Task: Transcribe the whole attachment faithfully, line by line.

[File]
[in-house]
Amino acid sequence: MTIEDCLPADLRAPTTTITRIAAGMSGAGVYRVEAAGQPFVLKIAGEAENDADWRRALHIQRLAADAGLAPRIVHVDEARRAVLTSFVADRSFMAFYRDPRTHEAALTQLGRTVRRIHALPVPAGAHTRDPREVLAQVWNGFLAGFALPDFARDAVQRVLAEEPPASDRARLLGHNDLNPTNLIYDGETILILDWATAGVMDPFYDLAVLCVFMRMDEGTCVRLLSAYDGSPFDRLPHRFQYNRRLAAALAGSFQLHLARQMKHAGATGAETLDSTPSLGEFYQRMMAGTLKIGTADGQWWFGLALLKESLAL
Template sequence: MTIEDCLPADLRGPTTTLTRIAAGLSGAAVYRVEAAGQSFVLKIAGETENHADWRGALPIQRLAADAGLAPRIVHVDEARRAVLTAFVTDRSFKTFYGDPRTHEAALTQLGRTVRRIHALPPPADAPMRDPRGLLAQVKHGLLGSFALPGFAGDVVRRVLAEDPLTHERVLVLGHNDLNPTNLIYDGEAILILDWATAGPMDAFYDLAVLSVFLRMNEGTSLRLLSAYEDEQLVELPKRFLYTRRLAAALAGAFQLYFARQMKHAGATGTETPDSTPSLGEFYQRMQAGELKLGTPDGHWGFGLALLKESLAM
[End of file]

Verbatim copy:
[in-house]
Amino acid sequence: MTIEDCLPADLRAPTTTITRIAAGMSGAGVYRVEAAGQPFVLKIAGEAENDADWRRALHIQRLAADAGLAPRIVHVDEARRAVLTSFVADRSFMAFYRDPRTHEAALTQLGRTVRRIHALPVPAGAHTRDPREVLAQVWNGFLAGFALPDFARDAVQRVLAEEPPASDRARLLGHNDLNPTNLIYDGETILILDWATAGVMDPFYDLAVLCVFMRMDEGTCVRLLSAYDGSPFDRLPHRFQYNRRLAAALAGSFQLHLARQMKHAGATGAETLDSTPSLGEFYQRMMAGTLKIGTADGQWWFGLALLKESLAL
Template sequence: MTIEDCLPADLRGPTTTLTRIAAGLSGAAVYRVEAAGQSFVLKIAGETENHADWRGALPIQRLAADAGLAPRIVHVDEARRAVLTAFVTDRSFKTFYGDPRTHEAALTQLGRTVRRIHALPPPADAPMRDPRGLLAQVKHGLLGSFALPGFAGDVVRRVLAEDPLTHERVLVLGHNDLNPTNLIYDGEAILILDWATAGPMDAFYDLAVLSVFLRMNEGTSLRLLSAYEDEQLVELPKRFLYTRRLAAALAGAFQLYFARQMKHAGATGTETPDSTPSLGEFYQRMQAGELKLGTPDGHWGFGLALLKESLAM